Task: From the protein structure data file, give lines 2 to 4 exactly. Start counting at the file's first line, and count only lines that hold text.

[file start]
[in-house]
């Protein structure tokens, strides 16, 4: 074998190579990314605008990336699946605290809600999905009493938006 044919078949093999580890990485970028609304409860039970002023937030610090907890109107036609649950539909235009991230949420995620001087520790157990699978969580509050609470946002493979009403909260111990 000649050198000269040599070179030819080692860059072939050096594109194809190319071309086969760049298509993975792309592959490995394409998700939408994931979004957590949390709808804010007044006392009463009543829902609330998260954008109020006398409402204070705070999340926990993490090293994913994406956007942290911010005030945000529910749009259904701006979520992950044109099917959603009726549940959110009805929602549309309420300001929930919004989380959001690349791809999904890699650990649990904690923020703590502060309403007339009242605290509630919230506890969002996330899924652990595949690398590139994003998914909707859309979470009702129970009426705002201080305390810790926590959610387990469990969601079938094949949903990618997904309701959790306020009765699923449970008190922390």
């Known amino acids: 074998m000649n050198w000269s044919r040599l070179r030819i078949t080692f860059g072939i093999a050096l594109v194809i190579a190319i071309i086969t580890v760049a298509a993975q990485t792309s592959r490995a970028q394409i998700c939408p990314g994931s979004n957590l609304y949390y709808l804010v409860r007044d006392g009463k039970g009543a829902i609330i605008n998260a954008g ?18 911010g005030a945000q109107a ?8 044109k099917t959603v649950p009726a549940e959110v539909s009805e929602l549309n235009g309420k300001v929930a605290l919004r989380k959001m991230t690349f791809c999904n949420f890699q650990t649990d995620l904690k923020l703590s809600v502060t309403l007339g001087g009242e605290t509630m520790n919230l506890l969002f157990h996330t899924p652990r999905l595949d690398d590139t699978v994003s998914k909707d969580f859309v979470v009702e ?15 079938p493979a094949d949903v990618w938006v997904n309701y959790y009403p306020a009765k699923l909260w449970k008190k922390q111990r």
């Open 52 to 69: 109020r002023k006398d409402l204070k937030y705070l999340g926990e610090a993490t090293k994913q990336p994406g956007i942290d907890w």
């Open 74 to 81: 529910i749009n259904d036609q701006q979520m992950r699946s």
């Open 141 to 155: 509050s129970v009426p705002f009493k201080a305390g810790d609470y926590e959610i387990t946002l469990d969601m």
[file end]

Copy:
């Protein structure tokens, strides 16, 4: 074998190579990314605008990336699946605290809600999905009493938006 044919078949093999580890990485970028609304409860039970002023937030610090907890109107036609649950539909235009991230949420995620001087520790157990699978969580509050609470946002493979009403909260111990 000649050198000269040599070179030819080692860059072939050096594109194809190319071309086969760049298509993975792309592959490995394409998700939408994931979004957590949390709808804010007044006392009463009543829902609330998260954008109020006398409402204070705070999340926990993490090293994913994406956007942290911010005030945000529910749009259904701006979520992950044109099917959603009726549940959110009805929602549309309420300001929930919004989380959001690349791809999904890699650990649990904690923020703590502060309403007339009242605290509630919230506890969002996330899924652990595949690398590139994003998914909707859309979470009702129970009426705002201080305390810790926590959610387990469990969601079938094949949903990618997904309701959790306020009765699923449970008190922390």
């Known amino acids: 074998m000649n050198w000269s044919r040599l070179r030819i078949t080692f860059g072939i093999a050096l594109v194809i190579a190319i071309i086969t580890v760049a298509a993975q990485t792309s592959r490995a970028q394409i998700c939408p990314g994931s979004n957590l609304y949390y709808l804010v409860r007044d006392g009463k039970g009543a829902i609330i605008n998260a954008g ?18 911010g005030a945000q109107a ?8 044109k099917t959603v649950p009726a549940e959110v539909s009805e929602l549309n235009g309420k300001v929930a605290l919004r989380k959001m991230t690349f791809c999904n949420f890699q650990t649990d995620l904690k923020l703590s809600v502060t309403l007339g001087g009242e605290t509630m520790n919230l506890l969002f157990h996330t899924p652990r999905l595949d690398d590139t699978v994003s998914k909707d969580f859309v979470v009702e ?15 079938p493979a094949d949903v990618w938006v997904n309701y959790y009403p306020a009765k699923l909260w449970k008190k922390q111990r």
């Open 52 to 69: 109020r002023k006398d409402l204070k937030y705070l999340g926990e610090a993490t090293k994913q990336p994406g956007i942290d907890w």